National Parks now cover much of the higher terrain in the Australian Alps, from the Baw Plateau to the east of Melbourne, all the way across the mountains almost to the outskirts of Canberra.
Those of us who enjoy these parks owe a great debt to the people who argued for the creation of the reserves in the first place, and to the generations of land managers that have looked after them.
While it is a discrete series of parks in Victoria, NSW and the ACT, there is also overall co-ordination of the parks through a Memorandum of Understanding (MoU) between the three state and territory and federal governments.
The MoU has allowed the Australian Alps to be managed co-operatively by the various agencies. Treating the Alps as a single bioregion makes a lot of sense, especially in a time of climate change. Yet like all good government decisions, the concept of co-operative management didn’t just appear. It took decades of work by a range of big picture thinkers and visionaries, and engagement in political processes at many levels that saw the creation of the agreement.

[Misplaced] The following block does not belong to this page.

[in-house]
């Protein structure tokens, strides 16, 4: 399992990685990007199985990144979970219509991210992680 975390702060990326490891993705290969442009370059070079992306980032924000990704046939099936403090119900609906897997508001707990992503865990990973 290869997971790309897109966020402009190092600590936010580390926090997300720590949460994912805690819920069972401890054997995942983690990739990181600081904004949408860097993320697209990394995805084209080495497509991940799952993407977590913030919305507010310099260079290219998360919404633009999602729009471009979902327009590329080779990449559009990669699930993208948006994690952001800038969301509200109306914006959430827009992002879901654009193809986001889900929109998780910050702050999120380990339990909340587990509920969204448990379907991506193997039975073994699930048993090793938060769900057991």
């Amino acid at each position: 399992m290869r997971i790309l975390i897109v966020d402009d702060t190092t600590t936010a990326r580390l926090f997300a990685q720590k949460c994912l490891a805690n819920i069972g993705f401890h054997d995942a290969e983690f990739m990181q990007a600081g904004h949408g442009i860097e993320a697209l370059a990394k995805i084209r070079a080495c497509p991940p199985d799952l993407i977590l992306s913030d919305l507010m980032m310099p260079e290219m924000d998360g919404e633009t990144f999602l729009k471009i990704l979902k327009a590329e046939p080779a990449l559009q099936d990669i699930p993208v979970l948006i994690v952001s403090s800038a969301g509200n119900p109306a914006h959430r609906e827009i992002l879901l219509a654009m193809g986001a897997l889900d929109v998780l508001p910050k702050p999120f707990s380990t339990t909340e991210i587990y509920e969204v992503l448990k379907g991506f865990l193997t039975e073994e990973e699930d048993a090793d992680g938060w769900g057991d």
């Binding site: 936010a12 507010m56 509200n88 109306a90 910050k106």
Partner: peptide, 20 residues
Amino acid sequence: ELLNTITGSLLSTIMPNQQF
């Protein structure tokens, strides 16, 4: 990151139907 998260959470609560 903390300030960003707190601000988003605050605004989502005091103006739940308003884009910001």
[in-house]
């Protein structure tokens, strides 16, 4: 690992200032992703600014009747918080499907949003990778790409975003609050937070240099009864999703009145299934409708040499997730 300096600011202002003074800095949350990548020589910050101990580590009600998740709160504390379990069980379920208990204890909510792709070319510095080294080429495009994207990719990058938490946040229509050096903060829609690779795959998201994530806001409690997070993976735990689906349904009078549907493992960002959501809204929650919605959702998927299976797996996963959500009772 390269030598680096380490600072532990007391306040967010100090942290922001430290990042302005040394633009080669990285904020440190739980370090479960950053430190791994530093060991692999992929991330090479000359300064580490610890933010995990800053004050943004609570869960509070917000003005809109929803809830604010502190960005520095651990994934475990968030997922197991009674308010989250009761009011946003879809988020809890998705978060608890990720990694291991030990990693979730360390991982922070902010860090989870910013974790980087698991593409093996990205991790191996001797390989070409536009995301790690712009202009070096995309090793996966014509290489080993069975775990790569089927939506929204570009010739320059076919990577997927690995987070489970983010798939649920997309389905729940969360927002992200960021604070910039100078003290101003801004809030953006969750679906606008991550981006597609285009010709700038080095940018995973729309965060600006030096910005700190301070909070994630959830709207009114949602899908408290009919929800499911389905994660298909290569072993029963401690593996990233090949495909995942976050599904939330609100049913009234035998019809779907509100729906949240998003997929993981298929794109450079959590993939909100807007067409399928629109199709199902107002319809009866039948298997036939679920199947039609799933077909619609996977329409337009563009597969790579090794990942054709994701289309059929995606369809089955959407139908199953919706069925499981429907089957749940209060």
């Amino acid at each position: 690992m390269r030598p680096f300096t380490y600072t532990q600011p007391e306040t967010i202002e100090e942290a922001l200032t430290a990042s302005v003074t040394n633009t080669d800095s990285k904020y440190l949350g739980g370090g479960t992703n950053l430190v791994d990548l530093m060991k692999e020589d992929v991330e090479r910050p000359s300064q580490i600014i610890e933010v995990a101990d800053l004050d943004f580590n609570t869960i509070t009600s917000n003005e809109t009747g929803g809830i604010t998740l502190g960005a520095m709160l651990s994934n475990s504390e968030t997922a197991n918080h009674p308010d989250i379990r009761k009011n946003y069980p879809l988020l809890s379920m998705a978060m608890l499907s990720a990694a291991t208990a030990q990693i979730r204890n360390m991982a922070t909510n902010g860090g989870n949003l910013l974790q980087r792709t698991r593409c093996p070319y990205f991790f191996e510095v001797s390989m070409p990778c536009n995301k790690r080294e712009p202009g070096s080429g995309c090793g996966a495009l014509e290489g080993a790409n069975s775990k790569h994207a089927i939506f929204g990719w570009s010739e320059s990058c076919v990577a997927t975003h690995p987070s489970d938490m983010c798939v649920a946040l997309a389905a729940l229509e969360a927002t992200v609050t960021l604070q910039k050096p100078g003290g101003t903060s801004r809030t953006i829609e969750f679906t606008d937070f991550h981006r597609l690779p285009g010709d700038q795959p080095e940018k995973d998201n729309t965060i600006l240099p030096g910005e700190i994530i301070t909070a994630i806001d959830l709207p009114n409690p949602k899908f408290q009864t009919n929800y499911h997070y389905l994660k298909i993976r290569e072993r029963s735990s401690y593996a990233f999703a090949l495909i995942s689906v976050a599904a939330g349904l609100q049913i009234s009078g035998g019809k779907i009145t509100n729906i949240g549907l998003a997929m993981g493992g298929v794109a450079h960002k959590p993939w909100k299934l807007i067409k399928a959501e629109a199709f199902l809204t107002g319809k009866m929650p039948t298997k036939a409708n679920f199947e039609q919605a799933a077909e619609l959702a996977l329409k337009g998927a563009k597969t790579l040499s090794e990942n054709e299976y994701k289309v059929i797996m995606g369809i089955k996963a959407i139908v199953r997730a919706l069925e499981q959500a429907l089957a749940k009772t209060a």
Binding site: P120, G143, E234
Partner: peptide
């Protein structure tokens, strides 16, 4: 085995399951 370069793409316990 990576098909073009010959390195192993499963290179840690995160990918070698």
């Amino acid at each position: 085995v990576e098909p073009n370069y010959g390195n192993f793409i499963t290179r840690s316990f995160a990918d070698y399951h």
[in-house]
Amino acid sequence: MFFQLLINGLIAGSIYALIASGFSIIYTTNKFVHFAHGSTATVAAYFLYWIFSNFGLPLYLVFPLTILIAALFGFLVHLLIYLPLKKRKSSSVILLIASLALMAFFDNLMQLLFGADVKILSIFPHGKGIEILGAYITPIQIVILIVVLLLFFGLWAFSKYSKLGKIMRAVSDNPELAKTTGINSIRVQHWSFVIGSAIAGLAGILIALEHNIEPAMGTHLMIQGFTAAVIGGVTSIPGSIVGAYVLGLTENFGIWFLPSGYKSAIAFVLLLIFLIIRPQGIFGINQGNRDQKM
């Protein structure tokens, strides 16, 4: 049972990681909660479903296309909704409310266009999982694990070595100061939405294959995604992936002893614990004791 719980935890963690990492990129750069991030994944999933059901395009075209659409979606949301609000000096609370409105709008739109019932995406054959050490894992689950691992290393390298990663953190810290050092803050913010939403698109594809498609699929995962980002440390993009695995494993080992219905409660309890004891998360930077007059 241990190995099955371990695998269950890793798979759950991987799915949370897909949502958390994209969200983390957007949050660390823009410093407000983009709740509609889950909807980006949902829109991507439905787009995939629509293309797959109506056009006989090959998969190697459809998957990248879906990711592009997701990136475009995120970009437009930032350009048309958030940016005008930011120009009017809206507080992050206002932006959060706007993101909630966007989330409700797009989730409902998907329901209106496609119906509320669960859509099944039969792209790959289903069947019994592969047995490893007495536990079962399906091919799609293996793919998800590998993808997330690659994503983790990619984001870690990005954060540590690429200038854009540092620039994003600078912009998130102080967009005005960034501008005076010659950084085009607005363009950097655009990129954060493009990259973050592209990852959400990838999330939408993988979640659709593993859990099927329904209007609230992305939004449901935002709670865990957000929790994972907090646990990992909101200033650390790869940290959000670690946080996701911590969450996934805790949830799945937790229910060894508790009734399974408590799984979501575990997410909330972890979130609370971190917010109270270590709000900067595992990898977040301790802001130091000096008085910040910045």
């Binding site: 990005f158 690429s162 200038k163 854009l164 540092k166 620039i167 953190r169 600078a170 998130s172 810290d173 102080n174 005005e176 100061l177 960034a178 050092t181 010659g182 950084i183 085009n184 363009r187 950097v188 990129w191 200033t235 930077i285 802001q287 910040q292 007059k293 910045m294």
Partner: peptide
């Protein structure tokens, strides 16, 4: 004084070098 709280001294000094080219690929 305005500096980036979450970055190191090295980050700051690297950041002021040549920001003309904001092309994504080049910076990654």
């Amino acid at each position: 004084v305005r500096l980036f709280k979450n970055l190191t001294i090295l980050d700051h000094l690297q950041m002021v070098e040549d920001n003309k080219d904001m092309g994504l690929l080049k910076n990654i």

The current version of News from the Alps is dedicated to the co-operative arrangement and includes a potted history of the processes that lead to the signing of the MoU.
Whereas in the early stages after European colonisation, the Alps were seen largely as summer grazing grounds for cattle and sources of wood, gold and other materials, the history in the newsleter makes it clear that there was concern about the state of the Alps from the early to mid 1940s.
Continue reading “Thirty years of co-operative management of the Alps”